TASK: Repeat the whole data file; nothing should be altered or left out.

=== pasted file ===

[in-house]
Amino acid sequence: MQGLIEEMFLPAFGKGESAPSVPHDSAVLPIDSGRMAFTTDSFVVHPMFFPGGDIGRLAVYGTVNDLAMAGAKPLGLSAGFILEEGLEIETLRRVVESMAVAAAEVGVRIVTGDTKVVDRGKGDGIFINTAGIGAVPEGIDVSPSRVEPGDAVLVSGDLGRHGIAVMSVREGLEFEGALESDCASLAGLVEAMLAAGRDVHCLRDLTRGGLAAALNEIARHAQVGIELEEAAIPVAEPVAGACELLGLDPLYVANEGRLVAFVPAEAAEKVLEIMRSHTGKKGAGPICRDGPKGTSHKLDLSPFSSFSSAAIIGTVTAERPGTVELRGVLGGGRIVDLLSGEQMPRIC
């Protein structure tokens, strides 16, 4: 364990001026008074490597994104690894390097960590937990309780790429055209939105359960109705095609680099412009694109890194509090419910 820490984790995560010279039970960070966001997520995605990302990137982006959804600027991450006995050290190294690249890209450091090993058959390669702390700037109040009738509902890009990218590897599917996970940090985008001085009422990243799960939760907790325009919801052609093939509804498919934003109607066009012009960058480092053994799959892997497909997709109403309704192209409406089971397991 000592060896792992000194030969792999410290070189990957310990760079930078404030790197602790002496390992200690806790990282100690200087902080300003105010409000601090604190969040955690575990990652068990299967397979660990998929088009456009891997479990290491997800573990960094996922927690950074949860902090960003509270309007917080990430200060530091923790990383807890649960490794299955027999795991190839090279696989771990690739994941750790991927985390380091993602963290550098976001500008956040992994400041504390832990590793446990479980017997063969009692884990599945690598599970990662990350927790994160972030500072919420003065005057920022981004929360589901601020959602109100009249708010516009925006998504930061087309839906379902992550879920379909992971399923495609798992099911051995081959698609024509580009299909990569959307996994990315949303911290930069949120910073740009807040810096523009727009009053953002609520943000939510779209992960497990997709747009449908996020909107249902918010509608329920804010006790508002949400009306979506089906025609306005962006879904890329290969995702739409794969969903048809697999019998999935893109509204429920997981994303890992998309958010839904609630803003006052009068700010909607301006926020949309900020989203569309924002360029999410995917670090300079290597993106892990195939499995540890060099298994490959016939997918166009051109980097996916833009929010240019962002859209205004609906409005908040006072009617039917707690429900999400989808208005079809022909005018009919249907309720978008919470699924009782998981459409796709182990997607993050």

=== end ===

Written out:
[in-house]
Amino acid sequence: MQGLIEEMFLPAFGKGESAPSVPHDSAVLPIDSGRMAFTTDSFVVHPMFFPGGDIGRLAVYGTVNDLAMAGAKPLGLSAGFILEEGLEIETLRRVVESMAVAAAEVGVRIVTGDTKVVDRGKGDGIFINTAGIGAVPEGIDVSPSRVEPGDAVLVSGDLGRHGIAVMSVREGLEFEGALESDCASLAGLVEAMLAAGRDVHCLRDLTRGGLAAALNEIARHAQVGIELEEAAIPVAEPVAGACELLGLDPLYVANEGRLVAFVPAEAAEKVLEIMRSHTGKKGAGPICRDGPKGTSHKLDLSPFSSFSSAAIIGTVTAERPGTVELRGVLGGGRIVDLLSGEQMPRIC
């Protein structure tokens, strides 16, 4: 364990001026008074490597994104690894390097960590937990309780790429055209939105359960109705095609680099412009694109890194509090419910 820490984790995560010279039970960070966001997520995605990302990137982006959804600027991450006995050290190294690249890209450091090993058959390669702390700037109040009738509902890009990218590897599917996970940090985008001085009422990243799960939760907790325009919801052609093939509804498919934003109607066009012009960058480092053994799959892997497909997709109403309704192209409406089971397991 000592060896792992000194030969792999410290070189990957310990760079930078404030790197602790002496390992200690806790990282100690200087902080300003105010409000601090604190969040955690575990990652068990299967397979660990998929088009456009891997479990290491997800573990960094996922927690950074949860902090960003509270309007917080990430200060530091923790990383807890649960490794299955027999795991190839090279696989771990690739994941750790991927985390380091993602963290550098976001500008956040992994400041504390832990590793446990479980017997063969009692884990599945690598599970990662990350927790994160972030500072919420003065005057920022981004929360589901601020959602109100009249708010516009925006998504930061087309839906379902992550879920379909992971399923495609798992099911051995081959698609024509580009299909990569959307996994990315949303911290930069949120910073740009807040810096523009727009009053953002609520943000939510779209992960497990997709747009449908996020909107249902918010509608329920804010006790508002949400009306979506089906025609306005962006879904890329290969995702739409794969969903048809697999019998999935893109509204429920997981994303890992998309958010839904609630803003006052009068700010909607301006926020949309900020989203569309924002360029999410995917670090300079290597993106892990195939499995540890060099298994490959016939997918166009051109980097996916833009929010240019962002859209205004609906409005908040006072009617039917707690429900999400989808208005079809022909005018009919249907309720978008919470699924009782998981459409796709182990997607993050």